Please download the Blueprint from the homepage of our website here.

We would like you to distribute and publicise the Blueprint as widely as possible, including to your local council and by lobbying them and the State Government for the outcomes you want in your own local high streets.

A media release is attached.

This is a 10 storey development with 53 apartments & 5 2 storey town houses on the southern side near the existing houses, 93 parking spaces & 80 bicycle parks.  The developer plans to restore the old house St Margaret’s & the garden, retain the old Ombu tree & have some green space surrounding the new development. Rubbish will be removed by a private contractor. There are many green energy components in the development.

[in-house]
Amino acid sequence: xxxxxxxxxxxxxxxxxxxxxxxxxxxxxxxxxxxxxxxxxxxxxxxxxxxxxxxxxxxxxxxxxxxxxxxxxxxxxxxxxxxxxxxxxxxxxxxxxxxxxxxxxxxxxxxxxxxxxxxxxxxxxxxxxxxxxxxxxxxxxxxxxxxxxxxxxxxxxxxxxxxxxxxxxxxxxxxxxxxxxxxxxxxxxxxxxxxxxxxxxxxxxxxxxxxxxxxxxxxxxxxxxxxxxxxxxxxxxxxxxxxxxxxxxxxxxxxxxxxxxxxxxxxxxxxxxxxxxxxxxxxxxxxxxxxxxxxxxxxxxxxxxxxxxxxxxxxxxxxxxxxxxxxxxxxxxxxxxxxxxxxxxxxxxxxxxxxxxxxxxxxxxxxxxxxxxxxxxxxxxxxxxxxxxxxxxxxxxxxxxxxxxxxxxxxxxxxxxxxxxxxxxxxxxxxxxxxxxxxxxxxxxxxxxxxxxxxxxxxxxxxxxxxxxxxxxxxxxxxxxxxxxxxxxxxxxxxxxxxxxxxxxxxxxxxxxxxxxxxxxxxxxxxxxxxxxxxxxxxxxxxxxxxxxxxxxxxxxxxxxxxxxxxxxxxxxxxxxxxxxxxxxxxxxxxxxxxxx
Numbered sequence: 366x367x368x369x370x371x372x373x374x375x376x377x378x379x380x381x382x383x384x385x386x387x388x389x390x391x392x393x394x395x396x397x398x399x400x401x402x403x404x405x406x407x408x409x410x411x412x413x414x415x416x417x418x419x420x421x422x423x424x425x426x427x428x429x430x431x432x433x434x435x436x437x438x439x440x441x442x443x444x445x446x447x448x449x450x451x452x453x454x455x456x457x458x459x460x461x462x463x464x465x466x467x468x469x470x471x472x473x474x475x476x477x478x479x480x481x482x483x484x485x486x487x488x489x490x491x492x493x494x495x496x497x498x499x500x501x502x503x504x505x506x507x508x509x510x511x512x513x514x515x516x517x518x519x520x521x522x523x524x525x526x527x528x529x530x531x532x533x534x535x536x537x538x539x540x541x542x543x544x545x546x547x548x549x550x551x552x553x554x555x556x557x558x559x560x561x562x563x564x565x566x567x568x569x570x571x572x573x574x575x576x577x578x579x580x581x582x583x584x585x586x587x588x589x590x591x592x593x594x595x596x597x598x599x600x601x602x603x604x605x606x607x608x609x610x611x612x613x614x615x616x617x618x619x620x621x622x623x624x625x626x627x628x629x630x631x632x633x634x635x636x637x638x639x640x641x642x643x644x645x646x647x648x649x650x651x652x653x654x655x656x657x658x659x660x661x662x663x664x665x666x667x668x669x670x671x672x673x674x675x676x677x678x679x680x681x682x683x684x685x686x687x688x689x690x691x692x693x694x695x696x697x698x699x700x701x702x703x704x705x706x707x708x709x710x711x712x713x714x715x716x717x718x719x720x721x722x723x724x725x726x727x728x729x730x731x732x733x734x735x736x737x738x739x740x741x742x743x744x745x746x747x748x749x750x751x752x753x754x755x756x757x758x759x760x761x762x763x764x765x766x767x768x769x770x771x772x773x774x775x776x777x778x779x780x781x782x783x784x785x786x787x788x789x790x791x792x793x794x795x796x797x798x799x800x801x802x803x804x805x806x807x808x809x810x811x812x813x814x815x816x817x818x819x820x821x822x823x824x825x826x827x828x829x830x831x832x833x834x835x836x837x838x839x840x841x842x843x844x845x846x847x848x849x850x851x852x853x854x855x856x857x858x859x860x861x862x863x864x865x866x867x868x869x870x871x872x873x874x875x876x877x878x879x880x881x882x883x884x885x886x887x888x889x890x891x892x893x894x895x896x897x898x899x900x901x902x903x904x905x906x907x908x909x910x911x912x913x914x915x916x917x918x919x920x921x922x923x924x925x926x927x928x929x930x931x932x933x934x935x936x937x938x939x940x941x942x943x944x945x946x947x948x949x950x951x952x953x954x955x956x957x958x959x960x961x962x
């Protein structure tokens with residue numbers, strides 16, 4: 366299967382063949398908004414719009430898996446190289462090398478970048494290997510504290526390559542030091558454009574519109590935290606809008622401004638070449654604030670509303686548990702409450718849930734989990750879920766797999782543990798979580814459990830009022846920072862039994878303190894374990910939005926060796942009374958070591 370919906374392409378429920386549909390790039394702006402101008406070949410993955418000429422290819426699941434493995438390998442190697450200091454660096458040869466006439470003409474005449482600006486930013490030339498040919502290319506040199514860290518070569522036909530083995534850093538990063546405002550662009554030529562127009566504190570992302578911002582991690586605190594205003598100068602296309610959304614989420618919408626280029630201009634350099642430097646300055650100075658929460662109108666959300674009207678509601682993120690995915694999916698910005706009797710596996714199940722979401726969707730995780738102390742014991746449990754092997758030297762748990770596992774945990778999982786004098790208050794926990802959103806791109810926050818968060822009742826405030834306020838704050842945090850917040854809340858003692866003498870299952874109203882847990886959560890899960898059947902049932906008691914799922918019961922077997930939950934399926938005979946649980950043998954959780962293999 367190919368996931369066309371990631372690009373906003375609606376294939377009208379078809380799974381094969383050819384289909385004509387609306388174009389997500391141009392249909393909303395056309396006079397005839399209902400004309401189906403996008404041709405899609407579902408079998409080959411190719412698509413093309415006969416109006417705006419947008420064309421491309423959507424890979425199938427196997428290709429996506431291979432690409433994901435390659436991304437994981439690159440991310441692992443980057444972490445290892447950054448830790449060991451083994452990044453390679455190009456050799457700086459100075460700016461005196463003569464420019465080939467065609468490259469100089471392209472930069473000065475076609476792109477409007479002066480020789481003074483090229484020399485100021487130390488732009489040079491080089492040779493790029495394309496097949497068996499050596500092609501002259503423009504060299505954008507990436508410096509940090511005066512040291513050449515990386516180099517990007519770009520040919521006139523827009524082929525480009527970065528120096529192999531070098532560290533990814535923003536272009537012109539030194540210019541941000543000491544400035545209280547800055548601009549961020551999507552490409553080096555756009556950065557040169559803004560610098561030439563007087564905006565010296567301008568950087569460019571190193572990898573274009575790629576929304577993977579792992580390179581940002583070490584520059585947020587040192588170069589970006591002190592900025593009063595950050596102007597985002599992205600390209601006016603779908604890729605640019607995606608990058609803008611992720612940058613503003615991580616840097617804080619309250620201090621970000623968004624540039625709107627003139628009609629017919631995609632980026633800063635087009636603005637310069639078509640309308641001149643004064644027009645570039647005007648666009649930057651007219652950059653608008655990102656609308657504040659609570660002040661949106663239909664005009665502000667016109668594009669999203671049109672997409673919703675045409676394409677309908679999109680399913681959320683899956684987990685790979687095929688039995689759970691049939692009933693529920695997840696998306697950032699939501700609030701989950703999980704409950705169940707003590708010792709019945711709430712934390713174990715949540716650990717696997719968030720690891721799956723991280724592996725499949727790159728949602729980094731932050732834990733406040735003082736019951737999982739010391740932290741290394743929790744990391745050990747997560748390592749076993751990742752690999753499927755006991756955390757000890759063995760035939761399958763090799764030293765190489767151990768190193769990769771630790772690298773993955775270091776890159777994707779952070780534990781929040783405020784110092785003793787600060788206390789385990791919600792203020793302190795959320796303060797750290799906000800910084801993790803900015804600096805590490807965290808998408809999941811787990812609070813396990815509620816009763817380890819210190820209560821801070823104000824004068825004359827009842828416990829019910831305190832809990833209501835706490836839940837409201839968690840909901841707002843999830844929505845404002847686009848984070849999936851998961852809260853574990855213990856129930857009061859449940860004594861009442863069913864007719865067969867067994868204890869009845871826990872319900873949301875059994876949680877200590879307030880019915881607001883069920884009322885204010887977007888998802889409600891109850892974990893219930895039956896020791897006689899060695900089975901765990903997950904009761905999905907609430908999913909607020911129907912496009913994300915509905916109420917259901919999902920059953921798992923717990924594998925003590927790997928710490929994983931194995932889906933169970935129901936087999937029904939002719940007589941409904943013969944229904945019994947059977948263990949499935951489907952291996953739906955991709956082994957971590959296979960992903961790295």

The development sets many precedents.

The developer must be commended for attempting to negotiate with the community before applying for final approval. There was an open day on the 18th of June for everyone to meet with all the professionals involved on the project & FOCUS were invited to a further meeting last Wednesday. We understand neighbours have been visited by the project manager to attempt to deal with some the difficulties & losses which will arise with such a large building in an inner city suburb.

The restoration of St. Margaret’s arising from significant historical research, means this important building in the history of Unley may be accessible to a limited extent by the public, as the plan is to turn it into offices.